Sunday, March 28, 2010

Which is better?

I originally thought that this was the better of the two pictures of this fishing pier at Ferson Creek Park in St. Charles, Illinois.

Fishing Platform

I thought the ice was more interesting and the colors were warmer.

But as I flipped back and forth between the two pictures, I decided this one was better.

Fishing Platform

The color isn't as warm, and you don't see as much of the ice, but the lines really lead you into the picture. In the previous picture, the leading lines are a little more confused with the verticals, and they take you right out of the picture again. In this one, the diagonal runs from lower right and takes you to a clear terminus, right in the upper third of the picture. There are other lines, but they are clearly secondary to the main diagonal.

That's my take - what do you think.



Jim Frazier

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COPYRIGHT 2010 by Jim Frazier All Rights Reserved. This may NOT be used for ANY reason without consent. See www.jimfrazier.com for more information.

Friday, March 12, 2010

Where can I take pictures?

This question comes up a lot. Here is my summary. Take it for what it's worth (which means I'm not a lawyer).

Uh oh...I'm in trouble.You can pretty much take photographs of anything or anyone visible from a public place while you're in a public place. Public places typically include parks, roads, sidewalks, etc. But there are sometimes restrictions if you block access, create a safety problem, are engaged in taking pictures for commercial purposes (eg. parks may require a permit), you're trying to photograph classified facilities, etc.

Even if you're in a public place, you can never take photographs of people who have a reasonable expectation privacy. You can't, for example, take a picture of someone through a window when they're in their home. Even if you are shooting from the public sidewalk. Ditto for photographing someone entering their PIN at an ATM. You get the picture.

And even if you are in a public place, and they're not in private, don't be a jerk. Don't be intimidating, threatening, or unpleasant. If they ask you to stop, stop. The law may not require it, but remember that anyone can sue. Whether they win or not is a different thing. But do you really want to spend time with lawyers?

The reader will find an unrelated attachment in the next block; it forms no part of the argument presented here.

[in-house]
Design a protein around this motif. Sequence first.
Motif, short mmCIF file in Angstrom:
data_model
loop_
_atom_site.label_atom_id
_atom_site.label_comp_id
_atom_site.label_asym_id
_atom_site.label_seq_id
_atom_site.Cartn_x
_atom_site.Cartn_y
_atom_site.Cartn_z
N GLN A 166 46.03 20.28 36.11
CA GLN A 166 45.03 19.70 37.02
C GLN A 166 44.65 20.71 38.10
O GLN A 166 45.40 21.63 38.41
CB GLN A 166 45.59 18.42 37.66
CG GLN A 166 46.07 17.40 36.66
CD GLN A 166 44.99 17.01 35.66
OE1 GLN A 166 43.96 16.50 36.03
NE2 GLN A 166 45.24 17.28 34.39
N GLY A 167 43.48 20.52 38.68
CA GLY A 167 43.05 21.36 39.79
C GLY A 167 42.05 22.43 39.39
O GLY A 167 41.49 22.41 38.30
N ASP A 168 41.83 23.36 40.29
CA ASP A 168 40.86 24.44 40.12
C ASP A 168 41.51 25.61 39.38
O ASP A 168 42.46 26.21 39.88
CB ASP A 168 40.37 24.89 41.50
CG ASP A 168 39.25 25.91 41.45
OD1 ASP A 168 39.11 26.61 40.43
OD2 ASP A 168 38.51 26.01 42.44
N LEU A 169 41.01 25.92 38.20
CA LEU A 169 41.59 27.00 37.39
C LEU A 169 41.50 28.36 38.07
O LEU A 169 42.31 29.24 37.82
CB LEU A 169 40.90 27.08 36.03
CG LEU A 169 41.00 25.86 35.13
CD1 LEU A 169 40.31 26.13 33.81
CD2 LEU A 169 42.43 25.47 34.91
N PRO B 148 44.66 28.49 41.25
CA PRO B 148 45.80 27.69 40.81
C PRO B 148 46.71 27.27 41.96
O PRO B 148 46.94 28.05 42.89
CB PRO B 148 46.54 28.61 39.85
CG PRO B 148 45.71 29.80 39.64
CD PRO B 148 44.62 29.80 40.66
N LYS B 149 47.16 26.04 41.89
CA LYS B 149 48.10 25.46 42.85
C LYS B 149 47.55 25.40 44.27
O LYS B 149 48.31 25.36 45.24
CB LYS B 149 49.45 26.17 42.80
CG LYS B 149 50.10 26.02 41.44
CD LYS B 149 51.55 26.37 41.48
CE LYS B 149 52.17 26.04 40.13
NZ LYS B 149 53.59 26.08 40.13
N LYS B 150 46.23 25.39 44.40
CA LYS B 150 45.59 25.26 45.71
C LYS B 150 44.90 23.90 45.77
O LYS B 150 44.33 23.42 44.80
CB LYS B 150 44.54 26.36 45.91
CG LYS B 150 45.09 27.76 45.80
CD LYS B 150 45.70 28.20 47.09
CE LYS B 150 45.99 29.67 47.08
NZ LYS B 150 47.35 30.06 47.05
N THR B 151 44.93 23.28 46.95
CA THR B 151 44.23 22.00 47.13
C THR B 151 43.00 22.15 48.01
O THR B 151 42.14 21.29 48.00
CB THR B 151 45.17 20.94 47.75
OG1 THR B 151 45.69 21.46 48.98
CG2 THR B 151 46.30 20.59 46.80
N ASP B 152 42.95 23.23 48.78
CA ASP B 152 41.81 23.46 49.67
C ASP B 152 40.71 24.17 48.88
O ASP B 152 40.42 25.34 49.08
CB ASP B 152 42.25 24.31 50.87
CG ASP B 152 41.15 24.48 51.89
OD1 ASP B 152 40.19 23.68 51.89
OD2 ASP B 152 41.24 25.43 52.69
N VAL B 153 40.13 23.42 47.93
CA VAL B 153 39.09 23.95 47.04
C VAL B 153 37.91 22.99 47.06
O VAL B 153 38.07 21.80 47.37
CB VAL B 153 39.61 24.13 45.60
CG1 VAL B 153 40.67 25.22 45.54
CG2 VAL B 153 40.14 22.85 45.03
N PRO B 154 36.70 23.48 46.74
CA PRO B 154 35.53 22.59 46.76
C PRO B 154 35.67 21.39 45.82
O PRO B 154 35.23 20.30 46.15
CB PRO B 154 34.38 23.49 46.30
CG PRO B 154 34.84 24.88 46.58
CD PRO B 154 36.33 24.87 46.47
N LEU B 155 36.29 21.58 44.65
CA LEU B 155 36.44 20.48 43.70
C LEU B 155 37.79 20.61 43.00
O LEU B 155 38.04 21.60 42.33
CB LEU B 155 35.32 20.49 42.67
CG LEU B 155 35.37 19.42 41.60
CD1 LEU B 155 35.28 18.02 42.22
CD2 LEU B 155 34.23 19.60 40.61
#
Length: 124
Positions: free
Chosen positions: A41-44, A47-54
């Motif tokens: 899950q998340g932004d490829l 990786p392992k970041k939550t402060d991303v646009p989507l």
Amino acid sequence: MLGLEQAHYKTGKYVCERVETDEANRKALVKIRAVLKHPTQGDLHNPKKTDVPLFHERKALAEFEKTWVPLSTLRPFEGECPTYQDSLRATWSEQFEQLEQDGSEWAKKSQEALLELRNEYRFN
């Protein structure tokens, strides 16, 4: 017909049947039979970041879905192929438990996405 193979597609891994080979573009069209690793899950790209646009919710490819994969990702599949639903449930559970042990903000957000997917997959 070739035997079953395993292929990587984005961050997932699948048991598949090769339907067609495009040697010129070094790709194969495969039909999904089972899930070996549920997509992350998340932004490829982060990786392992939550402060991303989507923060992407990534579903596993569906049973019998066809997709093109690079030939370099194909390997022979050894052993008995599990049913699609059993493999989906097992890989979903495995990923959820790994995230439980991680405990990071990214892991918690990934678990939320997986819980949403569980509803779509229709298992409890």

StarbucksIf you're on private property (in other words, not in a public place), the property owner can restrict your ability to take pictures on their property (eg. a building), but they cannot prevent you from photographing that building from public property. A manager at a Starbucks might ask you to not take pictures inside the store, but they can't stop you from stepping outside to the sidewalk and taking pictures of the building.

No one, other than a law officer making an arrest or executing a warrant or subpoena has the right or authority to confiscate your film, memory cards, camera, or equipment. They also can't make you erase any pictures either. If they're a security guard, they're not a law officer and have nothing even vaguely resembling that kind of authority.

If you get hassled, it's likely to be by a security guard or employee on a power trip. Get their name and number, and the name of their employer. They're probably very badly informed about your rights and their authority. It's a very good bet that you will not win the argument. And they might be right. There might be some little known law or regulation that says you can't take pictures inside a Post Office. Which, ironically, is NOT a public place.

If someone asks you what you're doing, that doesn't mean they're bad people. They just don't understand. They might be responding to a call from a concerned citizen and they have to ask questions. Maybe you're acting in a way that's "suspicious." So make yourself less suspicious by explaining it to them. Try to deal with these situations by seeing things from their perspective.

Finally, here are two important resources from Bert P Krages II. He's an attorney specializing in this stuff and has written a nice, one page summary that you can tuck in your camera bag called The Photographer's Right. I also strongly recommend his book, Legal Handbook for Photographers. It's got a lot more important information that you'll find useful.



Jim Frazier

Take one of my photography classes!
http://www.jimfrazier.com/photography-classes/index.htm

COPYRIGHT 2010 by Jim Frazier All Rights Reserved. This may NOT be used for ANY reason without consent. See www.jimfrazier.com for more information.